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HAYDOCK CATHOLIC BIBLE COMMENTARY ON THE OLD TESTAMENT



JUDITH 1

 

CHAPTER I.

 

Ver. 1.  Now, refers to the internal purpose of the author.  S. Greg. hom 2. in Ezec.  W.  Many of the books begin with And; shewing their connection.  This work formed a part of the general history.  The building of Ecbatana likewise took place soon after the destruction of Ninive, mentioned in the preceding book. --- Arphaxad.  He was probably the same as is called Dejoces by Herodotus; to whom he attributes the building of Ecbatana, the capital city of Media; (Ch.) or Arphaxad, more resembles both in name and actions the  second king Phraortes or Apharaartas, (Montfaucon and Houbig.) who fortified and embellished the city.  C. --- Ecbatana, or Agbata, which in Arabic signifies "variegated;" (Bochart) as the seven walls, rising one higher than another round it, were marked with one white, two black, three red, four blue, five dark red, six silver, seven gold.  Herod. i. 98.  C.  See Tob. iii. 7.

 

Ver. 2.  Hewed.  Gr. adds, "three cubits broad and six long."  The ancients aimed at solidity in their architecture, as appears from their ruins.  C. --- High.  Salien (A. 3345) thinks there is a transposition, and that the walls were 70 cubits high.  M. --- What need was there of such a breadth?  Gr. allows 70 in height, and 50 in breadth, which seems more proportionate.  Old Vulg. has 60 cubits high, and 50 broad.  On the walls of Ninive, three chariots might fight abreast, (C.) and six on those of Babylon.  Ctesias. --- Feet.  Projecting from the wall, to remove an enemy.  M. --- Gr. "and the towers thereof he placed above the gates 100 cubits, and the foundation was 60 cubits broad.  And he made the gates to rise 70 cubits, being 40 cubits in breadth, to send out the armies of his mighty men, and to draw up his infantry."  H.

 

Ver. 4.  Gloried.  Fool, this night wilt thou perish.  Luke xii. 20.  W.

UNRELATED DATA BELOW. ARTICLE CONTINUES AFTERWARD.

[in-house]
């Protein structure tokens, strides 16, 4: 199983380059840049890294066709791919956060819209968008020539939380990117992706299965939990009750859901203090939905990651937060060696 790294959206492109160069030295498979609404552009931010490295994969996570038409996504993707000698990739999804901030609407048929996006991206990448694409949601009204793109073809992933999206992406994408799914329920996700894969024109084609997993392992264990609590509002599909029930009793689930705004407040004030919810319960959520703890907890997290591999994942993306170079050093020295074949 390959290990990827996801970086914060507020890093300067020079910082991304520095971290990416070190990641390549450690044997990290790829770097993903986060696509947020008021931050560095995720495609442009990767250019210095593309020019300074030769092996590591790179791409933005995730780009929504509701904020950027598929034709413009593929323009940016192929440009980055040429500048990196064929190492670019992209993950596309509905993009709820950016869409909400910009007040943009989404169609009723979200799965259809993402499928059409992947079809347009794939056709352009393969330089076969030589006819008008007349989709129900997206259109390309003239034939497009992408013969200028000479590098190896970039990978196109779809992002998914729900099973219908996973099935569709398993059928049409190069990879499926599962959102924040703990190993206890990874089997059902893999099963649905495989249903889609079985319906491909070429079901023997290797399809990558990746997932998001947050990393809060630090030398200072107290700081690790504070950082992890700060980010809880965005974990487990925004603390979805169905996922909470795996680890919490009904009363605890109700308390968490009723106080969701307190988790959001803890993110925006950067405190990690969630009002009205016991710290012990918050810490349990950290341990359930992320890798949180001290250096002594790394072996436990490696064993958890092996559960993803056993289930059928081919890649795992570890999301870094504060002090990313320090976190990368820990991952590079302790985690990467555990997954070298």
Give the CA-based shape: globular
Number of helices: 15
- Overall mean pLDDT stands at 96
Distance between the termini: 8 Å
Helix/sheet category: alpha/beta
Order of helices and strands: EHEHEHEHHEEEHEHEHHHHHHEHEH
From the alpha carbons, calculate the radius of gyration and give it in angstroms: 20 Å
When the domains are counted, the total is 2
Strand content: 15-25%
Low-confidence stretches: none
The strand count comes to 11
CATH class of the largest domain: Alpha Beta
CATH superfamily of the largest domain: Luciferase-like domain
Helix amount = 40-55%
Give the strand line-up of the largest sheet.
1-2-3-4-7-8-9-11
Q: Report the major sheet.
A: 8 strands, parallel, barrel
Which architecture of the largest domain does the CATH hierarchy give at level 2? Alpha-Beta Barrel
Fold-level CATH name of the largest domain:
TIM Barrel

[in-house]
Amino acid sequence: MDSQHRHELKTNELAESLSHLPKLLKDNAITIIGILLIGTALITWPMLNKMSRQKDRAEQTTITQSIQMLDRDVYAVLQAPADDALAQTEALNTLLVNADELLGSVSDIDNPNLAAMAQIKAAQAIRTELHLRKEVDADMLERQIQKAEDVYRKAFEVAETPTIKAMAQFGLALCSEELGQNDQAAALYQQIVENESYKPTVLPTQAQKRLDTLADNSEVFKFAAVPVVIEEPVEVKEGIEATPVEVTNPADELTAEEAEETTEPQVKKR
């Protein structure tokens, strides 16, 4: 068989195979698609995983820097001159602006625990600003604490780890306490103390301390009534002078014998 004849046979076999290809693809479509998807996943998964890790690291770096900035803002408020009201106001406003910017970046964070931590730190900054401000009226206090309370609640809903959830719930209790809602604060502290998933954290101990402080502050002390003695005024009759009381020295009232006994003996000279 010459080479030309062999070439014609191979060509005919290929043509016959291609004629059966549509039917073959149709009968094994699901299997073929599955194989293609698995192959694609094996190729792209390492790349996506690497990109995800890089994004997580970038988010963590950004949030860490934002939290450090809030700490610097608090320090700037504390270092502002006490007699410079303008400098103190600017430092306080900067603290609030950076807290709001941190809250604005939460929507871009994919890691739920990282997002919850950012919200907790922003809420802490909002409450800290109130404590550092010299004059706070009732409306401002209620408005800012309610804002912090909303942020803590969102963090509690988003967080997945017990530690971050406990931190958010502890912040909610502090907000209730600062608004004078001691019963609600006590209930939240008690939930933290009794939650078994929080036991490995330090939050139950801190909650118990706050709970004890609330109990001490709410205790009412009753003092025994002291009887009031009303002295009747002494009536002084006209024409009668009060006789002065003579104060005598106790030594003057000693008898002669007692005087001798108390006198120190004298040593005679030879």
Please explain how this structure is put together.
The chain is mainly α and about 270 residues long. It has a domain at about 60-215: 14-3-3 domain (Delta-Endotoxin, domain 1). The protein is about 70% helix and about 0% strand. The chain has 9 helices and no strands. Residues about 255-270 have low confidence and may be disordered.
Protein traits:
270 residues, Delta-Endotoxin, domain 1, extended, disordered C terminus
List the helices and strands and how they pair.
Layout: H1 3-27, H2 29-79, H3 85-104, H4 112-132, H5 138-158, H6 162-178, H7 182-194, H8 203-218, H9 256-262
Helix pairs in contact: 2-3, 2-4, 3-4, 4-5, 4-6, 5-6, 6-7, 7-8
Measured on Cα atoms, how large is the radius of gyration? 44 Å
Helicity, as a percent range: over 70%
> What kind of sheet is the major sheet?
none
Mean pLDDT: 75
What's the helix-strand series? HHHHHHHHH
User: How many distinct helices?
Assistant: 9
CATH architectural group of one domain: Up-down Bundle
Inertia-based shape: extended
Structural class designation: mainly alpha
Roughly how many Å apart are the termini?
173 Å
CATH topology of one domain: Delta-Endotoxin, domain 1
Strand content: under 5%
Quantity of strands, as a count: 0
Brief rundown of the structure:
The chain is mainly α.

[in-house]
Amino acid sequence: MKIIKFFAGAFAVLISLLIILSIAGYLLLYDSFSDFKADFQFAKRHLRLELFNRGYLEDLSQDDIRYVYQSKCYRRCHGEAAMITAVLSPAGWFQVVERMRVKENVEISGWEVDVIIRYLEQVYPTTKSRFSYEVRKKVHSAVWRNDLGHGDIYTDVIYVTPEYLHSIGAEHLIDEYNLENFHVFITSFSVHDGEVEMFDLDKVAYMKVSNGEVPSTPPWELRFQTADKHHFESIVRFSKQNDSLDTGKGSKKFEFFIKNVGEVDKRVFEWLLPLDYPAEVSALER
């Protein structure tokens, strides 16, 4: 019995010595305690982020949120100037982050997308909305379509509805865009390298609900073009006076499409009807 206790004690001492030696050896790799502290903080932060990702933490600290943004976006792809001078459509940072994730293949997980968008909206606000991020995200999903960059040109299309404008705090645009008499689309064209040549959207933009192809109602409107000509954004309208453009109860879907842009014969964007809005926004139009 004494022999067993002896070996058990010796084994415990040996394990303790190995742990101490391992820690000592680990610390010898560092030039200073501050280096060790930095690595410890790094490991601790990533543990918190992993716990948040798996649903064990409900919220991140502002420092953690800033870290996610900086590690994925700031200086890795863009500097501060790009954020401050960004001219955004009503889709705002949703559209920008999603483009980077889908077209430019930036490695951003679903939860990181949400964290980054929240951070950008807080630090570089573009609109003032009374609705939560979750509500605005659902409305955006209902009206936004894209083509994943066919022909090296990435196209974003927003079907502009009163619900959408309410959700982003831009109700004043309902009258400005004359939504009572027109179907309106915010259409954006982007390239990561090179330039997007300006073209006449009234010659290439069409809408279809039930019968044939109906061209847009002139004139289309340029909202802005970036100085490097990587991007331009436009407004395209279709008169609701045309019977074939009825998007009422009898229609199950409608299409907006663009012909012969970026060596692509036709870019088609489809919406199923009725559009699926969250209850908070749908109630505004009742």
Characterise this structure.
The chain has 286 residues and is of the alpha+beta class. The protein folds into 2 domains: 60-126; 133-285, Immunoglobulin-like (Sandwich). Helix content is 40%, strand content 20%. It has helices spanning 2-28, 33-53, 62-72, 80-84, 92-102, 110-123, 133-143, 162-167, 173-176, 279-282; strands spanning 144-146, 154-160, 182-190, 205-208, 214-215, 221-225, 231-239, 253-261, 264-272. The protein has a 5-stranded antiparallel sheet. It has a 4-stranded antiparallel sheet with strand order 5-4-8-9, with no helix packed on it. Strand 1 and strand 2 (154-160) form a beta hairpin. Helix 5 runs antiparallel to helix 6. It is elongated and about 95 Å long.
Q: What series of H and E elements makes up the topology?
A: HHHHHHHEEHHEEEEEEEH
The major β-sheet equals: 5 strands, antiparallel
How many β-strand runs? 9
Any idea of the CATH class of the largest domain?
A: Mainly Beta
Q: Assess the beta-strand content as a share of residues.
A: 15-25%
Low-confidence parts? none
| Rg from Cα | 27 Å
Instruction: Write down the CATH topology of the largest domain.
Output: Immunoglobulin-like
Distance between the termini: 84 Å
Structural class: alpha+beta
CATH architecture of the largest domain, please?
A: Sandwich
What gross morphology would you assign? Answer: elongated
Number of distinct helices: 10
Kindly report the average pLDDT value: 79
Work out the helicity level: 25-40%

Ver. 5.  Nabuchodonosor.  Not the king of Babylon, who took and destroyed Jerusalem, but another of the same name, who reigned in Nivine; and is called by profane historians Saosduchin.  He succeeded Asarhaddon in the kingdom of the Assyrians, and was contemporary with Manasses, king of Juda.  Ch. --- He might be the same with Asarhaddon, who resided at Ninive in the 20th year of his reign.  After the defeat at Bethulia, the Medes recovered part of their power, under Cyaxares I. who was succeeded by Astyages and Cyaxares II. with whom Cyrus was associated in the empire.  Xenophon. --- Asarhaddon spent the latter years of his life at Babylon, of which he had made himself master.  Houbigant. --- The Jews frequently give names to foreign princes different from those by which they are known in profane history.  See Tob. ult.  H. --- Him.  Gr. afterwards (v. 15) insinuates, that he prevented any from mounting the throne of Media, till this work was written, "he transfixed him with his darts, and destroyed him till this day."  Houbigant.

 

Ver. 6.  Ragau, near Rages.  Tob. i. 16.  M. --- Syr. "Dura," mentioned Dan. iii. 1.  C. --- Jadason, or Mount Jason, above the Caspian gates; (Strabo xi.) unless it may be the city Jassu, in Armenia.  Gr. has "the Hydaspes," a river of India, though Curtius (v.) places it near Susa; confounding it with the Choaspes. --- Elicians.  Gr. "Elymeans," perhaps the same with Pontus.  Heb. Ellasar.  Gen. xiv. 9.  Various battles were fought during this war, which the Greek intimates lasted seven years.  C. --- That version also would represent those and various other nations coming to meet Nabuchodonosor, who hereupon sent his ambassadors to all in Persia, and westward to Cilicia, &c.  As they were treated contemptuously, he swore that he would revenge himself.  But first he attacked Arphaxad, took and sacked Ninive, slew the king, and then abandoned himself with his army to pleasure in the conquered city, "120 days."  H.

 

Ver. 8.  Esdrelon.  Syr. "Jezrael," which is the usual name in Scripture.  Jos. xvii. 16.

 

Ver. 9.  Jesse, or Gessen, where Joseph placed his brethren.  Gen. xlvi. 34.

 

Ver. 11.  Refused.  Gr. adds, "and did not come to help him in the war, because they feared him not, (H. supposing he would have enough to do with Arphaxad) as he was but like their equal, or as one man.  C.

 

Ver. 12.  Countries.  Those who were subject to him did wrong in refusing aid.  But the Jews were under no such obligations; and God espoused their cause the more, as the king set up for a deity.  C. iii.  C. --- He had at first entertained thoughts of universal dominion, (H.) being elated by his victory, like other conquerors. --- Auferre, trucidare, rapere falsis nominibus imperium, atque ubi solitudinem faciunt, pacem appellant.  Tacit. Agric.

 

 








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